The best type of diet for you is a Vegetarian or Vegan diet because you’d rather hug a pig then have him for dinner! Just because something doesn’t have meat or animal products doesn’t make it healthy. That’s why it’s critical to do this diet the right way.
There are lots of reasons that vegetarianism or veganism is right for you. It could be that you’re opposed to eating animals when there are so many great sources of plant based foods. It may be that you’d rather reduce your carbon footprint and, as raising meat is among the biggest contributors to greenhouse gasses, this is one of the ways in which you’ve decided to go after that green goal. It could be that you feel that animal based products aren’t as good for you. It may be a part of your religious or spiritual beliefs.
Maybe you’re just sick of the rapidly increasing cost of meat. It could even be that you had a Lisa Simpson moment and can’t get the image of that lamb you saw in your childhood out of your head (though hopefully it’s not talking to you as it did with her).
Whatever your reason, if you haven’t been a vegetarian or vegan before and have decided to become one, it’s not just a matter of eating salads for every meal or grazing on the front lawn every day. You’re not a deer. You may be cute, but you’re still not a deer. There’s a lot more to vegetarianism and veganism than eating leaves. In fact, to make sure you’re eating a healthy and balanced diet, you’ll likely need to start paying much closer attention to what you’re eating and what those foods contain than you ever have before.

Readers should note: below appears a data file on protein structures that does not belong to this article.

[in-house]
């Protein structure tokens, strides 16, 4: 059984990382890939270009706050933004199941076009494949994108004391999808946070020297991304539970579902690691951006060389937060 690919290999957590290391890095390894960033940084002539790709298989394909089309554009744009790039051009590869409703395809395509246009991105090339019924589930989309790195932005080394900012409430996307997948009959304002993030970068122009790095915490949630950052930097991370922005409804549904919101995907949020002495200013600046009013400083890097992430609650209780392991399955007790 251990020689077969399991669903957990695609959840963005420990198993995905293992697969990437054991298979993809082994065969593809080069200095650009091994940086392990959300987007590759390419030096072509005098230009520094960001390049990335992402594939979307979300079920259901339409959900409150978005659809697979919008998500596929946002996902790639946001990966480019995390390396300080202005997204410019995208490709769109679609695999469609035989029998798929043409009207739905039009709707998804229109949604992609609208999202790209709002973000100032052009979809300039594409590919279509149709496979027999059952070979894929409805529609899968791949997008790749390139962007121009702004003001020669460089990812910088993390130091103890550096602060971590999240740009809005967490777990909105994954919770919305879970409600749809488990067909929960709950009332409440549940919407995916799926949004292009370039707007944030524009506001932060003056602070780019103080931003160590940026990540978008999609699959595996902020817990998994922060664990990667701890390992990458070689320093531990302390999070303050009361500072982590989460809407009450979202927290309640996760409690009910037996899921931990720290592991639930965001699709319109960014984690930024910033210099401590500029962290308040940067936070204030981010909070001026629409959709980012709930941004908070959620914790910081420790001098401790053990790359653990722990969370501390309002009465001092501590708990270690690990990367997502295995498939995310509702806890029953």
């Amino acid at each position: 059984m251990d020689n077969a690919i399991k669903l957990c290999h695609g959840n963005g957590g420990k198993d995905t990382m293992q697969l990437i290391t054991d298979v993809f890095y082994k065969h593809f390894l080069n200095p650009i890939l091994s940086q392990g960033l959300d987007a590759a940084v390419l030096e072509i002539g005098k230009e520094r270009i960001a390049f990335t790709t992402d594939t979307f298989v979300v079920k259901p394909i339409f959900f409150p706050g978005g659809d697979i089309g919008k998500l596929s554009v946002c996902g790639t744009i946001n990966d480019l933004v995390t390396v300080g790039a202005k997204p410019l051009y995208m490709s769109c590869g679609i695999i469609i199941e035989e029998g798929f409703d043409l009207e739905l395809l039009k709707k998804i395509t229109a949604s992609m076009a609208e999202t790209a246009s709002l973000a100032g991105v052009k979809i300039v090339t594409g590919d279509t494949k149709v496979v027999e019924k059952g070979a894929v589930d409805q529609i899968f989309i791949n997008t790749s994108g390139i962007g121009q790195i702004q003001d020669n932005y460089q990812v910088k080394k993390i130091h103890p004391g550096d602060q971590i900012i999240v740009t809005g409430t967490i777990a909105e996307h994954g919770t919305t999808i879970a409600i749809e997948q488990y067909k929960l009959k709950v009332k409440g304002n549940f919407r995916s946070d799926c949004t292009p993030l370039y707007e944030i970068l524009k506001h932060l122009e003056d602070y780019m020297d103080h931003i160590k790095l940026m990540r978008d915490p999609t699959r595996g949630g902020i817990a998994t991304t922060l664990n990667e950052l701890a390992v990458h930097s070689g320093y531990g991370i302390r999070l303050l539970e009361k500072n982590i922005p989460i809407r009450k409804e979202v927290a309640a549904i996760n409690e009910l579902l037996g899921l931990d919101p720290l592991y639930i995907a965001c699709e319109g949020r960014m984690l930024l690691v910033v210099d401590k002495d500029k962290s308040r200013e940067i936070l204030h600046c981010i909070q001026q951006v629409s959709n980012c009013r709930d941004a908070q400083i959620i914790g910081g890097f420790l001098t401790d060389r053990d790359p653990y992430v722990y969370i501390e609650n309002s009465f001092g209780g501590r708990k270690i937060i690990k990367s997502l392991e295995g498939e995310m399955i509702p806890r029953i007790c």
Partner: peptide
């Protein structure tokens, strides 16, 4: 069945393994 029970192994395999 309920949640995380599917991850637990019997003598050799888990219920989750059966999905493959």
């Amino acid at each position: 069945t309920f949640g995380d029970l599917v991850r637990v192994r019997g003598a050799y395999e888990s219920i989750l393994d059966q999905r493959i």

Choosing A Vegan/Vegetarian Diet
Knowing how to go about doing that depends on many things, including what you will or will not be eating. Being a vegan or vegetarian doesn’t have only one definition. There are several versions of these lifestyles, so it’s up to you to determine which one defines your beliefs and preferences. Among the more common forms are:
You consume only plant-based foods. This means that you don’t eat anything that comes from an animal, regardless of whether it was produced by the animal or it is made of the animal itself. With this type of diet, you won’t eat meat, fish, poultry, milks (from any animal), milk-based products (such as cheese, butter, yogurt, ice cream, etc.), eggs, honey and others. If you follow a complete vegan lifestyle, this also means that you won’t use wool, silk, leather or any supplements or beauty, cosmetic or personal products containing animal-based ingredients.
This is a form of vegetarianism in which the only animal-based product you consume is fish, seafood and seafood-derived foods and products. Pescatarians typically avoid all other meats, and poultry but may or may not consume eggs, dairy, honey and other animal-derived products that are not made of the animals themselves.
This form of vegetarianism turns away meat, poultry, fish and eggs, but allows for milk and milk products such as butter, cheese, yogurt and so on.
Lacto-ovo Vegetarian Diet